Mr. Luke Handley Department of Chemistry University of Bristol
Famous French Chemists
The French are a proud nation as anyone will gladly point out. They have a strong belief that anything and everything of worth in this world can either be readily found in their home-land or, in the unlikely case of the product in question being foreign, that the French originally had the idea stolen from them. They boast the best cuisine in the world, they produce the only wine worth drinking, they have one of the most beautiful countrysides and, of course, they have the greatest football team on the planet.
This can unfortunately lead to a small amount of skepticism, especially from their old and trusty friends the British. Indeed, when representatives of these two cultures meet, the ensuing conversation tends to turn into a school playground argument, which is rather unfortunate for two people whose countries enjoy such a long and `amiable` relationship.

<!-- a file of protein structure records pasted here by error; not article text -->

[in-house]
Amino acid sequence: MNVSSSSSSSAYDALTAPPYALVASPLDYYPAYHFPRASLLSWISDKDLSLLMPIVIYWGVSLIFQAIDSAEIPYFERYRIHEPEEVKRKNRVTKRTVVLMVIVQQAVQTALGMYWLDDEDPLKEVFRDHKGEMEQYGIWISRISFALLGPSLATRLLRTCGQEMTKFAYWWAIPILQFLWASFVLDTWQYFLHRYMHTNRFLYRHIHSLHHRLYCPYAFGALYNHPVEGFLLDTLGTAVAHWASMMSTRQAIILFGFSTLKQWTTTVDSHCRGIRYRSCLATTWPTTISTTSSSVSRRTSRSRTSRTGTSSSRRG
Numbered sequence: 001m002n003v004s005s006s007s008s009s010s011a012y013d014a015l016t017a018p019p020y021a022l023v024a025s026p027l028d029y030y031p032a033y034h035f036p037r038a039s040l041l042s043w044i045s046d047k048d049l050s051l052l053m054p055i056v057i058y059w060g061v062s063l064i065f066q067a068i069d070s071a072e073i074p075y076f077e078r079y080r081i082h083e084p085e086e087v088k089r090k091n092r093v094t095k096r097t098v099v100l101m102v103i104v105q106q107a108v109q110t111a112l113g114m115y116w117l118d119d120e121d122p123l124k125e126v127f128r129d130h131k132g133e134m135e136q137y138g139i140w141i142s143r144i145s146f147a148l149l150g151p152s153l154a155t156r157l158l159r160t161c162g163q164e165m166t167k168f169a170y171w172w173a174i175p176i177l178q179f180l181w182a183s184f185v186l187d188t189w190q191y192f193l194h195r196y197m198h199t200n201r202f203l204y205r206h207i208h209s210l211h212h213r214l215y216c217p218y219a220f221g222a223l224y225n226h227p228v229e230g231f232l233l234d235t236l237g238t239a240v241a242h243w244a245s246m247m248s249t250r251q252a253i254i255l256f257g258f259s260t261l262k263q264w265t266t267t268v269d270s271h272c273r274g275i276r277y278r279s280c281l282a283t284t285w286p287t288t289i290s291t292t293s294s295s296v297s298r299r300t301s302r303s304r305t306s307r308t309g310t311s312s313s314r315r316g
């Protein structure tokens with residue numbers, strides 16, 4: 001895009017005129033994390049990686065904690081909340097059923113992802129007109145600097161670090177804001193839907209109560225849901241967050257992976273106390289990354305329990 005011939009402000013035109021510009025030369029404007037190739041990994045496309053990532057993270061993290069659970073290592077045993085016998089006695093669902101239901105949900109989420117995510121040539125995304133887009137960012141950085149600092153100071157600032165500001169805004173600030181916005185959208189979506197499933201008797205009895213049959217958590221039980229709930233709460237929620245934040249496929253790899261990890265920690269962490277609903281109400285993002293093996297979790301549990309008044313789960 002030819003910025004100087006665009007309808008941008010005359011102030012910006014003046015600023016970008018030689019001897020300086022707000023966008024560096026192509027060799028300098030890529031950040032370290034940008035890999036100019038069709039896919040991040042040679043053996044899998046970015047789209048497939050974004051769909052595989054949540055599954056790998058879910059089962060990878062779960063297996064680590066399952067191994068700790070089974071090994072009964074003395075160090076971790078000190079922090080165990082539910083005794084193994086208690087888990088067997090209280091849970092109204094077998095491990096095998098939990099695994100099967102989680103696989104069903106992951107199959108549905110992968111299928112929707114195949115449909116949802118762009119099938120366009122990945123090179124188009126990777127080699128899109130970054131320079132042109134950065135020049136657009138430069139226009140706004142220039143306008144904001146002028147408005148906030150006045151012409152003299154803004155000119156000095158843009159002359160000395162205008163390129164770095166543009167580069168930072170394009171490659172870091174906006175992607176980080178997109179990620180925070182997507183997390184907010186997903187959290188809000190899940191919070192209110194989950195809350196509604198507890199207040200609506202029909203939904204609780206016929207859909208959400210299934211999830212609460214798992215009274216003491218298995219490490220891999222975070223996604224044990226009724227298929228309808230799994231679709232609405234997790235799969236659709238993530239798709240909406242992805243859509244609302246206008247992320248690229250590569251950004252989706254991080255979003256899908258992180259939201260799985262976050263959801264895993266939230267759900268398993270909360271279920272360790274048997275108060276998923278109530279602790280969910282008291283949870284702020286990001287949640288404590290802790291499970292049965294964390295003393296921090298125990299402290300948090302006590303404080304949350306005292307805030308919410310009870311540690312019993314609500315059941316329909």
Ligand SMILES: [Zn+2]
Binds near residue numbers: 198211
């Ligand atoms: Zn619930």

It is therefore no surprise that when talking about chemistry in the comfortable atmosphere of the pub the other day, my suggestion that France, and its chemists, have made some very important and significant contributions to this field over the past centuries was met with general laughter, friendly abuse, and the odd comment along the lines of "yeah right, like in the same way that France is supposed to have great football players!". This general ignorance is also encouraged by the English incapability to pronounce foreign names. Many a time have I sat in the company of fellow chemists, or in lecture theatres, and shuddered when the normally silent `t` in `Du Pont` or the `r` in `Lavoisier` is pronounced.
I have therefore decided to give here a brief presentation of some of the most influential and recognized French chemists and their contributions to this science.
Lavoisier Laplace Pasteur Marie Curie Du Pont
References and Acknowledgements